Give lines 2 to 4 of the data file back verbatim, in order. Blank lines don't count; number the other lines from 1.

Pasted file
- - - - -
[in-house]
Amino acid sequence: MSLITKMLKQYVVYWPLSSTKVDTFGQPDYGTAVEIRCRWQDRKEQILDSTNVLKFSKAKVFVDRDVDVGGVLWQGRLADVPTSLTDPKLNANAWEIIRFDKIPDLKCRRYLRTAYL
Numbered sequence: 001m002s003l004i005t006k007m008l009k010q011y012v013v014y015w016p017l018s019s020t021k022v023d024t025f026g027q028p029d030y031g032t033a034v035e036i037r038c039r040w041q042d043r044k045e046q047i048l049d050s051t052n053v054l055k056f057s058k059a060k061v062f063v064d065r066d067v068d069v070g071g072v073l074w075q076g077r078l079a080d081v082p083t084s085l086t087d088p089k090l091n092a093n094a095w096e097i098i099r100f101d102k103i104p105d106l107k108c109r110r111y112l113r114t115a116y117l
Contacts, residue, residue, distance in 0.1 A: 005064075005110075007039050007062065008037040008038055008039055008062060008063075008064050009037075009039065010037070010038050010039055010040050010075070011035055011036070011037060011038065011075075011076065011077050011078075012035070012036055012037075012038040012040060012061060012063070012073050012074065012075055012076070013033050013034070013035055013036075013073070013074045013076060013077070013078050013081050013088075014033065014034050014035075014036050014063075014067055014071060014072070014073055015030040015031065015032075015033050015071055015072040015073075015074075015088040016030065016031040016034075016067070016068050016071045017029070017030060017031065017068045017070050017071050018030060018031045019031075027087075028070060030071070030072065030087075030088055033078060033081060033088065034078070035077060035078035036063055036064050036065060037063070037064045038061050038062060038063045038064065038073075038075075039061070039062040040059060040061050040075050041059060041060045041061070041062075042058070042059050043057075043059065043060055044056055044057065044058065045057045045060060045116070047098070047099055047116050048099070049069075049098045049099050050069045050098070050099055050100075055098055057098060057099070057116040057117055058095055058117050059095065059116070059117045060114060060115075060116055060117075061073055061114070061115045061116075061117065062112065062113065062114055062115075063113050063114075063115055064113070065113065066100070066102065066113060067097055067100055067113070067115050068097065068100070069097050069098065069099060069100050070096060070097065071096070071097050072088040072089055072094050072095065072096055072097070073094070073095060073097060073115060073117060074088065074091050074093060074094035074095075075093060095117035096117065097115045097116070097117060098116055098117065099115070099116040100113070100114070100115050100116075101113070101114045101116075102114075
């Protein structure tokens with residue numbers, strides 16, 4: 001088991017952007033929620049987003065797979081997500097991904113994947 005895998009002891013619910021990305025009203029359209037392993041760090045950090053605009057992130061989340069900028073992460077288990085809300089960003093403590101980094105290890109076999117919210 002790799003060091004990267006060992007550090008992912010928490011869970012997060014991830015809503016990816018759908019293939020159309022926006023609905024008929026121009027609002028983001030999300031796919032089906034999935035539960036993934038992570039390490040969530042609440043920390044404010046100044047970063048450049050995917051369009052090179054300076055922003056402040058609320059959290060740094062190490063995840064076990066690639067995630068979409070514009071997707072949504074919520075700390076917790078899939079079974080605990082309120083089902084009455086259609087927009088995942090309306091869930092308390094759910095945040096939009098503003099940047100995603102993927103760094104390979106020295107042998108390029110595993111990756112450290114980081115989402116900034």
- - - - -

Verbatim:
Amino acid sequence: MSLITKMLKQYVVYWPLSSTKVDTFGQPDYGTAVEIRCRWQDRKEQILDSTNVLKFSKAKVFVDRDVDVGGVLWQGRLADVPTSLTDPKLNANAWEIIRFDKIPDLKCRRYLRTAYL
Numbered sequence: 001m002s003l004i005t006k007m008l009k010q011y012v013v014y015w016p017l018s019s020t021k022v023d024t025f026g027q028p029d030y031g032t033a034v035e036i037r038c039r040w041q042d043r044k045e046q047i048l049d050s051t052n053v054l055k056f057s058k059a060k061v062f063v064d065r066d067v068d069v070g071g072v073l074w075q076g077r078l079a080d081v082p083t084s085l086t087d088p089k090l091n092a093n094a095w096e097i098i099r100f101d102k103i104p105d106l107k108c109r110r111y112l113r114t115a116y117l
Contacts, residue, residue, distance in 0.1 A: 005064075005110075007039050007062065008037040008038055008039055008062060008063075008064050009037075009039065010037070010038050010039055010040050010075070011035055011036070011037060011038065011075075011076065011077050011078075012035070012036055012037075012038040012040060012061060012063070012073050012074065012075055012076070013033050013034070013035055013036075013073070013074045013076060013077070013078050013081050013088075014033065014034050014035075014036050014063075014067055014071060014072070014073055015030040015031065015032075015033050015071055015072040015073075015074075015088040016030065016031040016034075016067070016068050016071045017029070017030060017031065017068045017070050017071050018030060018031045019031075027087075028070060030071070030072065030087075030088055033078060033081060033088065034078070035077060035078035036063055036064050036065060037063070037064045038061050038062060038063045038064065038073075038075075039061070039062040040059060040061050040075050041059060041060045041061070041062075042058070042059050043057075043059065043060055044056055044057065044058065045057045045060060045116070047098070047099055047116050048099070049069075049098045049099050050069045050098070050099055050100075055098055057098060057099070057116040057117055058095055058117050059095065059116070059117045060114060060115075060116055060117075061073055061114070061115045061116075061117065062112065062113065062114055062115075063113050063114075063115055064113070065113065066100070066102065066113060067097055067100055067113070067115050068097065068100070069097050069098065069099060069100050070096060070097065071096070071097050072088040072089055072094050072095065072096055072097070073094070073095060073097060073115060073117060074088065074091050074093060074094035074095075075093060095117035096117065097115045097116070097117060098116055098117065099115070099116040100113070100114070100115050100116075101113070101114045101116075102114075